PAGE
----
In 2005, Lusk graduated from college and returned home to Issaquah, Wash. as a fully qualified child life specialist. She quickly found a job at Seattle Children’s — not in her chosen field, but as a scheduler for a clinic she knew well, the Hematology/Oncology Clinic.

About a year later, she landed her dream job as a child life specialist. Now nine years in, she says, the work continues to surpass her expectations.

Meet Elf Amie

Amie at Seattle Children’s with Doug Taliaferro, Christmas 2008.
Amie at Seattle Children’s with Doug Taliaferro, Christmas 2008.

While Lusk loves her job every day, her favorite day at Seattle Children’s is Christmas. “I know it sounds hokey,” she said, “but Christmas here is magical.”

Santa’s visit is a big part of that magic, and Lusk often spends Christmas Day as his advance elf, scoping the route and checking to make sure patients are up for a visit.

“Most parents don’t expect to spend Christmas in the hospital, especially parents of newborns,” she said. “There are a lot of happy tears when Santa shows up.”

One of her favorite things about Christmas, said Lusk, is working alongside Doug and Lisa Taliaferro and their family, who spend every Christmas at the hospital. Doug Taliaferro and Lusk go way back — all the way back to when Lusk was patient here and Taliaferro was an orderly.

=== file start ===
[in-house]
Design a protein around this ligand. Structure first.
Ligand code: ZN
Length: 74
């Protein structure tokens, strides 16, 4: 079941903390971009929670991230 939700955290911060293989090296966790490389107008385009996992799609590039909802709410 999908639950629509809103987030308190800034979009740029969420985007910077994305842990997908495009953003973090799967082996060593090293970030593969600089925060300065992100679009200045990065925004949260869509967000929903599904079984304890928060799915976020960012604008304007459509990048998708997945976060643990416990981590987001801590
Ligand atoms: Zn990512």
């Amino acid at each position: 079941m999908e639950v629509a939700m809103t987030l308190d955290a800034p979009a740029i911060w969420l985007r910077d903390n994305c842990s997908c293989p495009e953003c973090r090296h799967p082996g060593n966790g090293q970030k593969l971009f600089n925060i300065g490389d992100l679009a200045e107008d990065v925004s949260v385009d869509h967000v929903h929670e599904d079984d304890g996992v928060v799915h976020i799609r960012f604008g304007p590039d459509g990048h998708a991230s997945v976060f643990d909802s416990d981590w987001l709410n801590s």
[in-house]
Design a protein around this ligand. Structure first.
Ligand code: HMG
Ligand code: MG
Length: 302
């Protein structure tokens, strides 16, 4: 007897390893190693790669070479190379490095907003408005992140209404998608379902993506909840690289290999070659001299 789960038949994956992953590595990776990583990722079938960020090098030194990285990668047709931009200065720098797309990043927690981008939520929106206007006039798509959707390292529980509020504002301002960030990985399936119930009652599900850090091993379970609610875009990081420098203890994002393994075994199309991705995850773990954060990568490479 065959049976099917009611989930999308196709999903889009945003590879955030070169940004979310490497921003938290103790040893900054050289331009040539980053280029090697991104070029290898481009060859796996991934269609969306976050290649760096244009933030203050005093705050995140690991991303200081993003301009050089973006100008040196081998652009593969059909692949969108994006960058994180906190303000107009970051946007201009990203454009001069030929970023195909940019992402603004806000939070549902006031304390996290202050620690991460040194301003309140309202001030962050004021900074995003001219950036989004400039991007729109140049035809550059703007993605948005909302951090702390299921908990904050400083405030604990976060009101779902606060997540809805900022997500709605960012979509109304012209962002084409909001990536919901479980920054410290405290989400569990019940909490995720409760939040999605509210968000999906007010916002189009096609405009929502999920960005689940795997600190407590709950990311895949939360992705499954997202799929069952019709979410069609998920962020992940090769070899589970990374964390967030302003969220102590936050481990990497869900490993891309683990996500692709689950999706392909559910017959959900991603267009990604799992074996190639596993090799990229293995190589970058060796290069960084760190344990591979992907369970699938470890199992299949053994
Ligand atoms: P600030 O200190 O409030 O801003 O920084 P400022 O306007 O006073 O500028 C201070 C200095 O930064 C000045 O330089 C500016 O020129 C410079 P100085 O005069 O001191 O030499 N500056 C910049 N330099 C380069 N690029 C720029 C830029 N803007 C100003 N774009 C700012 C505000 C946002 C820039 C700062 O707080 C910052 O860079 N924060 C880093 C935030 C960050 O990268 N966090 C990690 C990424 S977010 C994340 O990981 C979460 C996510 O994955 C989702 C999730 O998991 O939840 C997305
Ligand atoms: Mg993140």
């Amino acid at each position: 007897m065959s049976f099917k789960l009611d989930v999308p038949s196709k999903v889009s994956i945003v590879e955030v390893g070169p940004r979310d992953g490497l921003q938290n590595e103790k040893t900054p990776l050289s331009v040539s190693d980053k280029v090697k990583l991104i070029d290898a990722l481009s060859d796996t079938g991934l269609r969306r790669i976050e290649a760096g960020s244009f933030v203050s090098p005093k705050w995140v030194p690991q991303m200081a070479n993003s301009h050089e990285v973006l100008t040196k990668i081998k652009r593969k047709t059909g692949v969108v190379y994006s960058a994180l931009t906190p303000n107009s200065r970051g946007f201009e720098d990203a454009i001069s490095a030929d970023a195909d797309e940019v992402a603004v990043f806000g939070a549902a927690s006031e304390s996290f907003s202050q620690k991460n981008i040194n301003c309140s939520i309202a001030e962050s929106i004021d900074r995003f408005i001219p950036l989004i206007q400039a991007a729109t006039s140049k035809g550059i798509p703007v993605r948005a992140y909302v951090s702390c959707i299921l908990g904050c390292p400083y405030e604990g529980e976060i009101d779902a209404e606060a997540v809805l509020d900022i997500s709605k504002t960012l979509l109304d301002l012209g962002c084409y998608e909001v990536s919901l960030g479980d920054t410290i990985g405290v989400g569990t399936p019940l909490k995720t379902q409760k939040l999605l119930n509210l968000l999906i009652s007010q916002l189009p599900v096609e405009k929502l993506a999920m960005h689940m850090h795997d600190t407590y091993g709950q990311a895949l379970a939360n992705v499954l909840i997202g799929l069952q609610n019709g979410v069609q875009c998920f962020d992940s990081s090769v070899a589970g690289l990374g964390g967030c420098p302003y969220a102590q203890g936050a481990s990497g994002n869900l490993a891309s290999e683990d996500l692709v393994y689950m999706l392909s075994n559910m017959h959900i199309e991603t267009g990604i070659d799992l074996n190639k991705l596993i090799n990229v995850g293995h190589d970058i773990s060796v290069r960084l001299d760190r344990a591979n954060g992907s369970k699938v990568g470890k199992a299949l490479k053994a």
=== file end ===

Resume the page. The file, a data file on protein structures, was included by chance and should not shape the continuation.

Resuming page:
“I wouldn’t work here if I hadn’t had such an amazing experience here when I was a kid,” Lusk said. “It’s remarkable to be able to work side-by-side with someone who helped take such great care of me.”

The Santa team helps keep the amazing experiences coming on Christmas. “Last year, we missed a 7-year-old patient who was in the operating room when we passed through his unit,” she said. “During Santa’s lunch break, we got a call asking if there was any way he could make it back to visit this boy. Of course, Doug said yes. The boy kept yelling, ‘I didn’t miss Santa!’ It really made our day.”

Polar Place Market

This week, you’ll find Lusk at the Polar Place Market where she’s helping parents and caregivers of Seattle Children’s inpatients find just the right gifts for their children.

Like most retail stores at this time of year, the market — a pop-up shop in the River zone — is stocked with new games, toys, books, gift cards and other surprises for kids. What sets it apart is what’s missing: price tags. Everything in the store is donated, and nobody who shops there pays a cent.

The Child Life Department manages and staffs the store for three days only: Dec. 22, Dec. 23 and Dec. 24.

The market offers parents more than gifts for their kids — it also provides a sliver of normalcy in a situation that is anything but normal.

“Parents often tell me that they don’t know what their job is while their child is in the hospital,” she said. “I tell every family I meet that they’re the expert on their child. They’re certainly the experts when it comes to shopping for their child – nobody does it better than parents or caregivers.”